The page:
No, not real thinking, but thinking for oneself. As the OP specified this, I would like to differentiate it from other - "mere" - mental activities. The "mere" is in line with ordinary usage: "It was merely a dream"; "This idea was a mere distraction".
Could it be that you think that REAL thinking (as opposed to "mere mentation") requires an internal dialogue?....in other words do you think that REAL thinking (as opposed to "mere mentation") occurs when mentation includes a linguistic component?......it sort of seems like it.
Again, I'm not sure that "real" thinking is all that helpful in understanding what I am saying. It might be that thinking for oneself requires a linguistic component (it is normally portrayed that way in the West) or at least an understood system of signifiers.
...or....could it be that your view is that REAL thinking occurs only in association with the delusional self?
It's not my view, as I don't know enough about undeluded selves to make a judgement. Fetch me an arahant, and we'll ask him/her!

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binocular
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Re: How to teach children to think for themselves?

Post by binocular » Sun Dec 17, 2017 8:27 am

Sam Vara wrote:
Sat Dec 16, 2017 9:43 pm
binocular wrote:
Sat Dec 16, 2017 7:45 pm
But how come you think you have that choice?
You must have some kind of metaphysical background to think you have a choice in whom you'll look to as your teacher in religious/spiritual matters.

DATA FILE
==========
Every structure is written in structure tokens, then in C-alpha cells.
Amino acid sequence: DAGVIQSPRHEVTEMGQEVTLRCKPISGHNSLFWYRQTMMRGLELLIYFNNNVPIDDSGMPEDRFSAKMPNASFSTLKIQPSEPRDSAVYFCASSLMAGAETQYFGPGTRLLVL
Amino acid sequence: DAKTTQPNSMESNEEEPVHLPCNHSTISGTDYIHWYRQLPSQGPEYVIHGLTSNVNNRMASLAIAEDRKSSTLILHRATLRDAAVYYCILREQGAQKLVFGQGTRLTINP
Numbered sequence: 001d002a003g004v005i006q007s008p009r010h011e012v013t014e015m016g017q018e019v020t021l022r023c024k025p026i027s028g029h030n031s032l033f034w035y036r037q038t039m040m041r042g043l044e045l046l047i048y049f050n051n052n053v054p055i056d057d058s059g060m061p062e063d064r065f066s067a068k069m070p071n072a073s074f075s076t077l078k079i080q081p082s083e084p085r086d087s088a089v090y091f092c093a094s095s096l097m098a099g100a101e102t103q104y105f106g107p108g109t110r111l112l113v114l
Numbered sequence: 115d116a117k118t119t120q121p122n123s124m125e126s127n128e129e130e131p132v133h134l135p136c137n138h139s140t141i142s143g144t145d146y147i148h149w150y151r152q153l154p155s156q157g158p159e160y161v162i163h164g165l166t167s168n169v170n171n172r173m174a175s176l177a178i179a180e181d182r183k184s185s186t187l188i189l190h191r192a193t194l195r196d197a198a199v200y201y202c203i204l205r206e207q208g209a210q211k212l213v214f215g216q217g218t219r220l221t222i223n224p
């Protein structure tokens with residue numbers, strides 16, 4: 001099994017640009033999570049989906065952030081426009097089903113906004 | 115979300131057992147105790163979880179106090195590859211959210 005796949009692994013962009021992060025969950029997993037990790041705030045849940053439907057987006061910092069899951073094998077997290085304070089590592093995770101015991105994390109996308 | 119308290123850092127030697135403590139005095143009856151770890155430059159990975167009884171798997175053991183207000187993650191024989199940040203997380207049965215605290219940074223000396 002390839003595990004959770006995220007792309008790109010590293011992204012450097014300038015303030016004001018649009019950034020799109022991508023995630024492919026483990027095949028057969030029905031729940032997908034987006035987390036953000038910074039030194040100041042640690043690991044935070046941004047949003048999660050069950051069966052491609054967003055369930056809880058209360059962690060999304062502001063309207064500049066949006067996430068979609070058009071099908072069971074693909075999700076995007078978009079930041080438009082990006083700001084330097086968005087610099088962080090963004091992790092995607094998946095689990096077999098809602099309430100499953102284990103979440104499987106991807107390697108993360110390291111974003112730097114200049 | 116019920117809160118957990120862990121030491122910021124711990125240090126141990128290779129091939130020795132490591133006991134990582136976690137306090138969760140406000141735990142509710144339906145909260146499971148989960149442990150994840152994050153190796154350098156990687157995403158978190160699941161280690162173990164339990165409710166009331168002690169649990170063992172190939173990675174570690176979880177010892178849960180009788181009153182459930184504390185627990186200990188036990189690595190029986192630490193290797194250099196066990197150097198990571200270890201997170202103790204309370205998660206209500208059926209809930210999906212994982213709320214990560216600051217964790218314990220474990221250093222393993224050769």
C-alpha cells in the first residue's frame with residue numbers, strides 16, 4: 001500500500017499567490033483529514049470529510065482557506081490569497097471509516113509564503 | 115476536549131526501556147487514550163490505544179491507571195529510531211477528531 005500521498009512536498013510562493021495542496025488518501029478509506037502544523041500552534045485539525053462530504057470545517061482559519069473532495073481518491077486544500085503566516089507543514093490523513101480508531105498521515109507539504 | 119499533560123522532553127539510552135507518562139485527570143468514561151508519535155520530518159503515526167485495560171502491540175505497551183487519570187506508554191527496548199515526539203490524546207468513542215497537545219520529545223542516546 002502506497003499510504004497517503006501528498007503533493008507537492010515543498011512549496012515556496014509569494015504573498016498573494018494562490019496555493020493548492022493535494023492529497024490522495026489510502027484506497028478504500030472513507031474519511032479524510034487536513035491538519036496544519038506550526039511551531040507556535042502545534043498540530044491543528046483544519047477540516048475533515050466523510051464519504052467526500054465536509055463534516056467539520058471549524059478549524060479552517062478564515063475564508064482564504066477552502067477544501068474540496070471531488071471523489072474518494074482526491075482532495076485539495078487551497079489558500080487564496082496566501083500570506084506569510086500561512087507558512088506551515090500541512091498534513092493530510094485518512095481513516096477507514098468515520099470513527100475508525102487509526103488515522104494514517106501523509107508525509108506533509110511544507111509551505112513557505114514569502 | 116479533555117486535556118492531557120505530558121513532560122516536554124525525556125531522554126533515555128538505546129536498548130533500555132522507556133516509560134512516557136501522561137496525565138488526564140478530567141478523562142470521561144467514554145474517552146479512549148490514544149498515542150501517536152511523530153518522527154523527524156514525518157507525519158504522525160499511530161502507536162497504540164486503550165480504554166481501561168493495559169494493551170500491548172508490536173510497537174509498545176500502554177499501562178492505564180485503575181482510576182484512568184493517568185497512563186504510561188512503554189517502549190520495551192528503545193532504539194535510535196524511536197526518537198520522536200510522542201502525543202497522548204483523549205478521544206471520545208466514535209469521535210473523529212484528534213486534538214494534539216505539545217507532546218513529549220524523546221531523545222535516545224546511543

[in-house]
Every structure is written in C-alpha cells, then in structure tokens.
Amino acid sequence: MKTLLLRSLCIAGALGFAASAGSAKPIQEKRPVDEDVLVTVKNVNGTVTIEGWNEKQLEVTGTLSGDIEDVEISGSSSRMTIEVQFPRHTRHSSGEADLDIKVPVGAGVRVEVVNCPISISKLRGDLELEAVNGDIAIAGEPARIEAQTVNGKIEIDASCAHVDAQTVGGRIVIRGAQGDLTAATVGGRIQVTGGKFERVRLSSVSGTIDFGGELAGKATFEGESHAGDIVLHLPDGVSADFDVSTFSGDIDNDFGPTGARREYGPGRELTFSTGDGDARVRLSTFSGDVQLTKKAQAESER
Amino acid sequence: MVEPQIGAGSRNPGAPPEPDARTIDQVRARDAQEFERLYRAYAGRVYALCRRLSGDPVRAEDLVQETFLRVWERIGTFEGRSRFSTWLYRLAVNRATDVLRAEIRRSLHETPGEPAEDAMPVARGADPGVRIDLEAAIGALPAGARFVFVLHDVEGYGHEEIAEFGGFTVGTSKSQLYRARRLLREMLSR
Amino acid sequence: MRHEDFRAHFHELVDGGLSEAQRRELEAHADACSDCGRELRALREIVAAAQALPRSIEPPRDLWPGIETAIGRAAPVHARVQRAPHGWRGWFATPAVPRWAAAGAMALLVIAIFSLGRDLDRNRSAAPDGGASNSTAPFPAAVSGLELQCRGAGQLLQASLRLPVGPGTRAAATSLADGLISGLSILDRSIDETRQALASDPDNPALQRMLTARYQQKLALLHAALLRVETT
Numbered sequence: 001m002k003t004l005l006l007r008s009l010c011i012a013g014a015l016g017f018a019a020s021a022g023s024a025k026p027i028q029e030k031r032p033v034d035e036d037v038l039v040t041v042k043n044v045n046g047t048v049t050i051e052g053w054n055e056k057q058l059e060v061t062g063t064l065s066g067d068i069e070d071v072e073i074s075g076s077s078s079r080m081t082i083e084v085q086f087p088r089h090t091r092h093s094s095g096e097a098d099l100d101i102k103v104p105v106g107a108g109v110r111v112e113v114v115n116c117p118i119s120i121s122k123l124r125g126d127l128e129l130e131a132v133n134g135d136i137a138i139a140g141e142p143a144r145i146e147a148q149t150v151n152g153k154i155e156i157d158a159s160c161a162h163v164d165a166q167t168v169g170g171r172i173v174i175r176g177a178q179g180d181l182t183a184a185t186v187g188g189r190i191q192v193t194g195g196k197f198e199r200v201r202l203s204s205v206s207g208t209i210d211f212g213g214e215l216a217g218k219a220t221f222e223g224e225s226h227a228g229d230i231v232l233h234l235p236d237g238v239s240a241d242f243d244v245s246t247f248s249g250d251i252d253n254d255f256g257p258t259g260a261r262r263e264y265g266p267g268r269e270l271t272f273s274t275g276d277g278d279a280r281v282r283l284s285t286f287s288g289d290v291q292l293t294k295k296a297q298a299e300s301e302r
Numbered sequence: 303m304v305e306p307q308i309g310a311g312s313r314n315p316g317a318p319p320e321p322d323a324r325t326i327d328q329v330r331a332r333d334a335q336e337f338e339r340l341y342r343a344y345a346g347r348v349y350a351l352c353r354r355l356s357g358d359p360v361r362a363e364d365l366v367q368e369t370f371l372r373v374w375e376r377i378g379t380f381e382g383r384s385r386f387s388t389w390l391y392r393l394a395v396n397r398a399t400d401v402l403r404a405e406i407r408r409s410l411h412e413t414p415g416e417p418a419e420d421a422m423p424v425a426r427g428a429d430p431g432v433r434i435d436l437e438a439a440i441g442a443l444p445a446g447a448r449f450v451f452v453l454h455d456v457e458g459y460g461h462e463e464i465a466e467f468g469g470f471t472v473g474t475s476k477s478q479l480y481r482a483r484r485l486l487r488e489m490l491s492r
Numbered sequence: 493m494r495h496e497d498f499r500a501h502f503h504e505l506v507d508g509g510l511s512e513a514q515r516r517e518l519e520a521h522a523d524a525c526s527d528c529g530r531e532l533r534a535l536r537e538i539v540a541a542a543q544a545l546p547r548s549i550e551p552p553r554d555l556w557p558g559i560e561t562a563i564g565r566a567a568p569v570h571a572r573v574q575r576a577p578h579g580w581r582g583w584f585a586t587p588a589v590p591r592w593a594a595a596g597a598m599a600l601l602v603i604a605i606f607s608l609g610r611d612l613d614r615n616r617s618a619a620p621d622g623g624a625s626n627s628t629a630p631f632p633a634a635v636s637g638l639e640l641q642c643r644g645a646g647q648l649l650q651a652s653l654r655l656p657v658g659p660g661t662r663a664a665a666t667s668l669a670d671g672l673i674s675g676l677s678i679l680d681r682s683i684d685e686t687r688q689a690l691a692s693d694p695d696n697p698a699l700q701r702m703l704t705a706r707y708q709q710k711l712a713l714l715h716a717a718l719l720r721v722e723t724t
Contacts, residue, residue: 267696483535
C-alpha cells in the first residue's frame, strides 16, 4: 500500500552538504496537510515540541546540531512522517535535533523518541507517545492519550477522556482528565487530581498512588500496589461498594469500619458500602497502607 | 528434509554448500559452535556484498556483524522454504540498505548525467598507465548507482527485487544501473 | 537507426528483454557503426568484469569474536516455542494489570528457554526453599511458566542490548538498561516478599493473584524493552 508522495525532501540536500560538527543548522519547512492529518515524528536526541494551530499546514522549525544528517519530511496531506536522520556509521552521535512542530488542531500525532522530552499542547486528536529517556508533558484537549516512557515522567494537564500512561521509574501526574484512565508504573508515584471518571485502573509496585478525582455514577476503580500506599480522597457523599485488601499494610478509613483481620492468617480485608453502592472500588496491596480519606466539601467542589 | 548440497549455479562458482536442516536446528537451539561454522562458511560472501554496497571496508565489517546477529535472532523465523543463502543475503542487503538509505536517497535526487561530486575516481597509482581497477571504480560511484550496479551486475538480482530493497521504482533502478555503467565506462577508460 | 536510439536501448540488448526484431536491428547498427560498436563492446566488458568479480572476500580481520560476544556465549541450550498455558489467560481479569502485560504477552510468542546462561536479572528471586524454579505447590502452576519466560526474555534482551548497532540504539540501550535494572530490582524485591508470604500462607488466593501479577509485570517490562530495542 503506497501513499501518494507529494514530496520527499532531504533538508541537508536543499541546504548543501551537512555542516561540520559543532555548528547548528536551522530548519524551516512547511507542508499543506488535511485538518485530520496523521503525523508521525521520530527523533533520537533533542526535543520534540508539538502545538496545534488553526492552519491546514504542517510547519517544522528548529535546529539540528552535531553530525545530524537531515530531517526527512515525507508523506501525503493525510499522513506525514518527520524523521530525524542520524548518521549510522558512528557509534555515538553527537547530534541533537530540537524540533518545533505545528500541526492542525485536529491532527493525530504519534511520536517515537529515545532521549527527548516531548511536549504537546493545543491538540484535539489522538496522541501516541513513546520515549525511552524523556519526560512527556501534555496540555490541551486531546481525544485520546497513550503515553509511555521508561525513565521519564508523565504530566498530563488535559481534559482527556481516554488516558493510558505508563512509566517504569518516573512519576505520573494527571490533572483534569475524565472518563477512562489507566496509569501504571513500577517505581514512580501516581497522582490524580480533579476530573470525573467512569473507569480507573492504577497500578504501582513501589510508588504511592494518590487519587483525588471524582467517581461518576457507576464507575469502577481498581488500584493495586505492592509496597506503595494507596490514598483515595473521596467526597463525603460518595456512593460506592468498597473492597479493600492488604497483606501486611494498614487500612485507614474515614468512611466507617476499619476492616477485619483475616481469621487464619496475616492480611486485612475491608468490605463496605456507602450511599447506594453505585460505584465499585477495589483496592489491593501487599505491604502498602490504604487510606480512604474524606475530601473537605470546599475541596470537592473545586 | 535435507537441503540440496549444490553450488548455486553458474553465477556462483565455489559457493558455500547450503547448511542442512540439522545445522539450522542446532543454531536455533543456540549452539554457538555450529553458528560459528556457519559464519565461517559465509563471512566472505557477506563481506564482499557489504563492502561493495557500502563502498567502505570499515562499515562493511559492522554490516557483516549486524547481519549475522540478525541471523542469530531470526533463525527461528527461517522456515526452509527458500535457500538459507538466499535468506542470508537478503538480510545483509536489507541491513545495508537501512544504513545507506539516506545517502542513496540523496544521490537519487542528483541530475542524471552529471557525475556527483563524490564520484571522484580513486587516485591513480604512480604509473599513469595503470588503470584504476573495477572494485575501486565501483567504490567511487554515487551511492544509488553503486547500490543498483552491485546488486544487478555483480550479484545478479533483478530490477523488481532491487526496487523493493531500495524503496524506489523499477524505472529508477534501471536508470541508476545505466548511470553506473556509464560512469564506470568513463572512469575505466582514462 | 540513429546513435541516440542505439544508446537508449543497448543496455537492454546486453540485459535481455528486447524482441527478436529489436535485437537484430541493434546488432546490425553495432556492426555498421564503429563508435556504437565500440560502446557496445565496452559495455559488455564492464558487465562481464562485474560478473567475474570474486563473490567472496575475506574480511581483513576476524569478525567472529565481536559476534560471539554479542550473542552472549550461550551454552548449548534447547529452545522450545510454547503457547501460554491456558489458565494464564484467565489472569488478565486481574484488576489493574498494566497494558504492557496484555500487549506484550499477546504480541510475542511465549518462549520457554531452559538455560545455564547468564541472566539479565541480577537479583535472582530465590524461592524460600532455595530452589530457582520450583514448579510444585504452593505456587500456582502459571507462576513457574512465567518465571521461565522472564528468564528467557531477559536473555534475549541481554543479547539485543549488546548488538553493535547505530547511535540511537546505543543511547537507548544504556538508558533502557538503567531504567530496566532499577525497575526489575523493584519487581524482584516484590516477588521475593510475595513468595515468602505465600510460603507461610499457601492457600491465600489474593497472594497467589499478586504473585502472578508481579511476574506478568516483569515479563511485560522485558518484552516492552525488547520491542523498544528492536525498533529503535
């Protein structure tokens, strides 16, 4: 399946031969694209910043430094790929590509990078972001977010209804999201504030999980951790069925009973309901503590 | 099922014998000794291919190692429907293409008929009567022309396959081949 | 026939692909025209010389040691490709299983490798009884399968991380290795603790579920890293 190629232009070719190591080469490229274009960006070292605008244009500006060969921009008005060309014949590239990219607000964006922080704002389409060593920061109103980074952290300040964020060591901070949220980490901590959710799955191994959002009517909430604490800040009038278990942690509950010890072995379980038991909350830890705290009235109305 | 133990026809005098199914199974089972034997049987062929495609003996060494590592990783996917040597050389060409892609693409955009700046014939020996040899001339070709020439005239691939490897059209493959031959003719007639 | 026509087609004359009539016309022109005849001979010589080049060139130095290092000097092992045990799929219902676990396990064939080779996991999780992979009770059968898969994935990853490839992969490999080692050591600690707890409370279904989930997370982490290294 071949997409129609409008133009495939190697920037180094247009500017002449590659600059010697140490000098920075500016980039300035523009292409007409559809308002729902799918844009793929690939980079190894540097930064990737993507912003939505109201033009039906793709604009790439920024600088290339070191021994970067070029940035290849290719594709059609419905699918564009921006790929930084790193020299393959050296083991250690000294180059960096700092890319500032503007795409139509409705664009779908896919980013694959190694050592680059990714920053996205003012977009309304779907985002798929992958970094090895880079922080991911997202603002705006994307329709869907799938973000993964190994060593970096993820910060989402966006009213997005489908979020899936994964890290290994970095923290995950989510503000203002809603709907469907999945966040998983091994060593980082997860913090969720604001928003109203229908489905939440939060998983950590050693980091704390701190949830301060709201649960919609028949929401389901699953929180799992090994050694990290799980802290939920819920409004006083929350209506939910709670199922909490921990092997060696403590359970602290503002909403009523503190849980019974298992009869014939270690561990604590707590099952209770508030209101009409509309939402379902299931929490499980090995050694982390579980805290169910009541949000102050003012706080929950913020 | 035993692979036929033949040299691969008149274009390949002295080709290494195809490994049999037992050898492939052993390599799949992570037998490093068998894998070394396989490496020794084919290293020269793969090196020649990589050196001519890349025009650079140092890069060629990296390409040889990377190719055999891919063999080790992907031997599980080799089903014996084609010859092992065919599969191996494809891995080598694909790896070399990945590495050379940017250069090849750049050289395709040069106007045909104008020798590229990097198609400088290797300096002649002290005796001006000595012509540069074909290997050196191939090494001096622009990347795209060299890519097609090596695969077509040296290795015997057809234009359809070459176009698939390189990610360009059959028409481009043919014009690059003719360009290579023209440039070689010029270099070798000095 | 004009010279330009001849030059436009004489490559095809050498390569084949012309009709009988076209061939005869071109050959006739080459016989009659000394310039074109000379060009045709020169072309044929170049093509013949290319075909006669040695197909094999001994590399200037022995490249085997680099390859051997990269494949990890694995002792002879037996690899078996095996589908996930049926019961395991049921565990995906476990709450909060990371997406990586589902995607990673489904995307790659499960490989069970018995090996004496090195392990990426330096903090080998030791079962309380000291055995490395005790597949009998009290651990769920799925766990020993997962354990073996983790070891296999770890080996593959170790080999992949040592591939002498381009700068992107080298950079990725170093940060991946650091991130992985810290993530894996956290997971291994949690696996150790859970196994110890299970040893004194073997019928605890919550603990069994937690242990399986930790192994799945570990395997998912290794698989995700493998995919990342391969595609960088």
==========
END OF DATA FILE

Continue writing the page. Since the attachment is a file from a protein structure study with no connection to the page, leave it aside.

I believe that actions (kamma) makes a difference to my experience. That's based on common sense, plus what the Buddha said. If one doesn't believe that, then any spiritual progress is impossible, and any spiritual seeking is futile.
This seems like a crucial point. I will need to think about this.
I've never had any choice about my teachers. Not in school, and so far, not in religion/spirituality either. In Catholicism, things function by the territorial principle and one is subject to the priest who is in charge of the parish one resides in (one isn't even supposed to go to mass in another parish if such going would be simply out of one's own preference). I don't know any other way.
I sympathise, but you did apparently exercise some choice - you chose not to believe them!
I exercised no such choice.
If anything, I have tried very hard to believe them and to take as true what they say; but I couldn't believe them.
I can find no reason not to believe them; but I also cannot find any definitive reason to believe them (other than evolutionary arguments, which I don't find very convincing, much less uplifting or optimistic).

It's an extremely alienating experience: I've lived in close proximity to Catholicism my whole life, I probably know Catholic doctrine better than most Catholics, I've gone to great lengths to believe Catholic doctrine -- and yet it's all foreign to me. It's almost like the proverbial water off the duck's back: it just doesn't stick in my mind as true.
However, there are some (mostly implicit) epistemic, ethical, and metareligious positions that I seem to have picked up from Catholicism and which do stick, like glue. Like the one that my personal knowledge and experience are irrelevant to the truth.
If they are not worthy of belief, then so far, so good!
That's just it, I haven't come to that point yet.
I don't know ... maybe I have post-Catholic PTSD ...
It's not terminal.
I'm sorry. I wish there would be a faster, more efficient way to overcome this.

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Sam Vara
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Re: How to teach children to think for themselves?

Post by Sam Vara » Sun Dec 17, 2017 10:10 am